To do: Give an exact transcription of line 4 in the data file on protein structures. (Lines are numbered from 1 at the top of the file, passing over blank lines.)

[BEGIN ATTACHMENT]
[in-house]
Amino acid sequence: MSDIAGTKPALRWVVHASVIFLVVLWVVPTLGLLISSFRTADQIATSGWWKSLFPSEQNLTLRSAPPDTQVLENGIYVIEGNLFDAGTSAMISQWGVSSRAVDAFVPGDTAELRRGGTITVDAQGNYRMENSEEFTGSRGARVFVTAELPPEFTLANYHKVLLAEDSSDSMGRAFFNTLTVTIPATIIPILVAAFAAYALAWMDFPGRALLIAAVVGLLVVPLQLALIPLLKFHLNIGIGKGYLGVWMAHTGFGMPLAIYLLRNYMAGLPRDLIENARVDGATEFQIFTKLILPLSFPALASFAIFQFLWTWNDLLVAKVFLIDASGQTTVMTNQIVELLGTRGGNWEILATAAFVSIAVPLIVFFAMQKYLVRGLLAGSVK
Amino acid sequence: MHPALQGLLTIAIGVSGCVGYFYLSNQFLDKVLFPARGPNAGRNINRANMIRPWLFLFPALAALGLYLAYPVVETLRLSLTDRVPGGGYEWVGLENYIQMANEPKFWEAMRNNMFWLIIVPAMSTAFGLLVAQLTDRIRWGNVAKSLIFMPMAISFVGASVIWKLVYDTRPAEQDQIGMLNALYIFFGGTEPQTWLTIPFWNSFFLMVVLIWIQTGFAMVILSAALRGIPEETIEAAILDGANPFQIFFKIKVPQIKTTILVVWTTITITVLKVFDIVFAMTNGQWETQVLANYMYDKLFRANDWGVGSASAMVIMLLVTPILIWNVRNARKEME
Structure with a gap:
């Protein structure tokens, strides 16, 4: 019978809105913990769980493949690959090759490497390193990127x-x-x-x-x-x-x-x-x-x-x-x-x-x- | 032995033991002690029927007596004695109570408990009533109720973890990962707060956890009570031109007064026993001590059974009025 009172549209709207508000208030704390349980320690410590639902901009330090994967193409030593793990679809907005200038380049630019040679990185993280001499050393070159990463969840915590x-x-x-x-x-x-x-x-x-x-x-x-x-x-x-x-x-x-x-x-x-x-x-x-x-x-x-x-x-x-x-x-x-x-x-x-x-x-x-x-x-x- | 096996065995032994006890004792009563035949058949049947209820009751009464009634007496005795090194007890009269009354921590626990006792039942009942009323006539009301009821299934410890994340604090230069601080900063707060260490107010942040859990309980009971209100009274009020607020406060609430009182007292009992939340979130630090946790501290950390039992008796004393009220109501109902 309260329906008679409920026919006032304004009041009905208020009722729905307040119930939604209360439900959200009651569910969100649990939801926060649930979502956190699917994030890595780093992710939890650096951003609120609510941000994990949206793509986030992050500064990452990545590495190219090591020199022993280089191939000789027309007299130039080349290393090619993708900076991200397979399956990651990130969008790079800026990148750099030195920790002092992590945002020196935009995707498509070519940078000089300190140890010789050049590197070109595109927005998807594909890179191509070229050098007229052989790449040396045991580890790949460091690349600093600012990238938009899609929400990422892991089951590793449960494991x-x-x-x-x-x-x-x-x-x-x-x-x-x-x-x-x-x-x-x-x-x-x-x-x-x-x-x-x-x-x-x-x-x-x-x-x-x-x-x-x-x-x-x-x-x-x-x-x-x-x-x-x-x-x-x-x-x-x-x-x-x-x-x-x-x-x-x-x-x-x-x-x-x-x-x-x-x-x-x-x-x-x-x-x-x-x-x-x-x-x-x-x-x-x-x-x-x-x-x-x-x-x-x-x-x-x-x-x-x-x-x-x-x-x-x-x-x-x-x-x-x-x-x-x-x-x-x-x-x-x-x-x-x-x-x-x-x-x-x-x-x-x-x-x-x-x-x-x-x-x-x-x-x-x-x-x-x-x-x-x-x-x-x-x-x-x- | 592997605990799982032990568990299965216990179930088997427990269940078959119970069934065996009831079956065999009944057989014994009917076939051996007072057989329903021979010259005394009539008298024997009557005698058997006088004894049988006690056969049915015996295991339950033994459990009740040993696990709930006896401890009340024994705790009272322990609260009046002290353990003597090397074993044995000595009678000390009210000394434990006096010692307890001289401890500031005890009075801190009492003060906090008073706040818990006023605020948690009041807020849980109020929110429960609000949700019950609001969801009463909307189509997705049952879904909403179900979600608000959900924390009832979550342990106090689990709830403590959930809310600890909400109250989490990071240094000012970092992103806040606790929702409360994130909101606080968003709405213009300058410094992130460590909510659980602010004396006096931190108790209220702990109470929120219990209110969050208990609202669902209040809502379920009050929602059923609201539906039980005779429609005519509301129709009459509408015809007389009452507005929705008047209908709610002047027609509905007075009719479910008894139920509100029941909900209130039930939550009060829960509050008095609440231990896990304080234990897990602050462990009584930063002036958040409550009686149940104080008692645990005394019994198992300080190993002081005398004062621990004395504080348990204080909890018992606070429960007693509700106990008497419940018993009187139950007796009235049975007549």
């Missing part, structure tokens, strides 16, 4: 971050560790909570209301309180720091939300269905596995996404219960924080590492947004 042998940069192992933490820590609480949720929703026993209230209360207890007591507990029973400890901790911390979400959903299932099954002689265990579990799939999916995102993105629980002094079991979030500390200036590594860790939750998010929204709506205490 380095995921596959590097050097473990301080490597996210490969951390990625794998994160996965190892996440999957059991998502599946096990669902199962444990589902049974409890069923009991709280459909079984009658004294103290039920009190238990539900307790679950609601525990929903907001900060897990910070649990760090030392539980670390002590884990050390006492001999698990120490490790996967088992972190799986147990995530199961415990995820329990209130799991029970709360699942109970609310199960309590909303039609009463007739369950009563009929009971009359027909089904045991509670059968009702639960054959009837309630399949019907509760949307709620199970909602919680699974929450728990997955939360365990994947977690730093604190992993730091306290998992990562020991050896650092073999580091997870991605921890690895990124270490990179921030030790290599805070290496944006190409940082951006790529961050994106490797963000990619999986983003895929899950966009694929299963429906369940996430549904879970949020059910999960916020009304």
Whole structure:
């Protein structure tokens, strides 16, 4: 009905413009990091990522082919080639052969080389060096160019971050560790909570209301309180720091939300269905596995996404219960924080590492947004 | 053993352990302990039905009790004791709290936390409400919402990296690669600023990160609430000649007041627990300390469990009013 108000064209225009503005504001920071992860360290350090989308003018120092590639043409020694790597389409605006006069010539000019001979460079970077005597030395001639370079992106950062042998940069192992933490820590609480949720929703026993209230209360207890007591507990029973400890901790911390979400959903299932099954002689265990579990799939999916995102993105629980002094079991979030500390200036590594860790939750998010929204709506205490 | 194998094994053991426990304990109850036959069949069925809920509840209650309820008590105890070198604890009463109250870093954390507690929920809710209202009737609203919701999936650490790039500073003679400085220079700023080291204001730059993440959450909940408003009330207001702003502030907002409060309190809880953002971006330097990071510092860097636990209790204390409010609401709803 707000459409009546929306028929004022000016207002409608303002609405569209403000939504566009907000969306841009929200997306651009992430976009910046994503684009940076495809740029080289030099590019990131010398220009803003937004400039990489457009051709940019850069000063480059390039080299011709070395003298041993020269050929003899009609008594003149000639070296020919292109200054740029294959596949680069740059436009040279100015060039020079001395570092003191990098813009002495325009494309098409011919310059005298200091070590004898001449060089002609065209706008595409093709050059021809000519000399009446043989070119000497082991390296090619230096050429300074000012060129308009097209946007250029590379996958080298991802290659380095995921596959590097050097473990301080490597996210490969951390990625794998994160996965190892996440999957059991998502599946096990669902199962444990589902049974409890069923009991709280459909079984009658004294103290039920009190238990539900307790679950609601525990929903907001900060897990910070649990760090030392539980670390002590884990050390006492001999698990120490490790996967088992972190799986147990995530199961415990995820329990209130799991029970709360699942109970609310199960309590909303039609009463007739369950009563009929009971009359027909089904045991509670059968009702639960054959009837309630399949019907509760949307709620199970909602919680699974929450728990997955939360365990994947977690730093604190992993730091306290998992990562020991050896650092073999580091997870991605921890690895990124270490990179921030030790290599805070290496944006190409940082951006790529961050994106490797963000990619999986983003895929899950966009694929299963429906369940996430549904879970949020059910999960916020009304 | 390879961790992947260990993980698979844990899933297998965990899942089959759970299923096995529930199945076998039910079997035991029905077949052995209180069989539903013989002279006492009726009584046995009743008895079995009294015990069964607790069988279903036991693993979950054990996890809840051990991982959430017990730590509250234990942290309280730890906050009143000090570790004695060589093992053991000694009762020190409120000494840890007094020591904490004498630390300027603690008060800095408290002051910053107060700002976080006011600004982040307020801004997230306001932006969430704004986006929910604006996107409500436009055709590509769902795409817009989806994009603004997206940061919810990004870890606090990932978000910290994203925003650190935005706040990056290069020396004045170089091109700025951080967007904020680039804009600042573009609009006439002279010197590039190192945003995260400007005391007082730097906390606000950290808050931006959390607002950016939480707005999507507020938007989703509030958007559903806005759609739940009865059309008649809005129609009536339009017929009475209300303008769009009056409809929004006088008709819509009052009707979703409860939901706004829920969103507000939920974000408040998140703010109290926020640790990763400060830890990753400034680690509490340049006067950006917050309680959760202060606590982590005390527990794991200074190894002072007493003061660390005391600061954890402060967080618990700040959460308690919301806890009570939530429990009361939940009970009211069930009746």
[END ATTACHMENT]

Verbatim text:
Structure with a gap: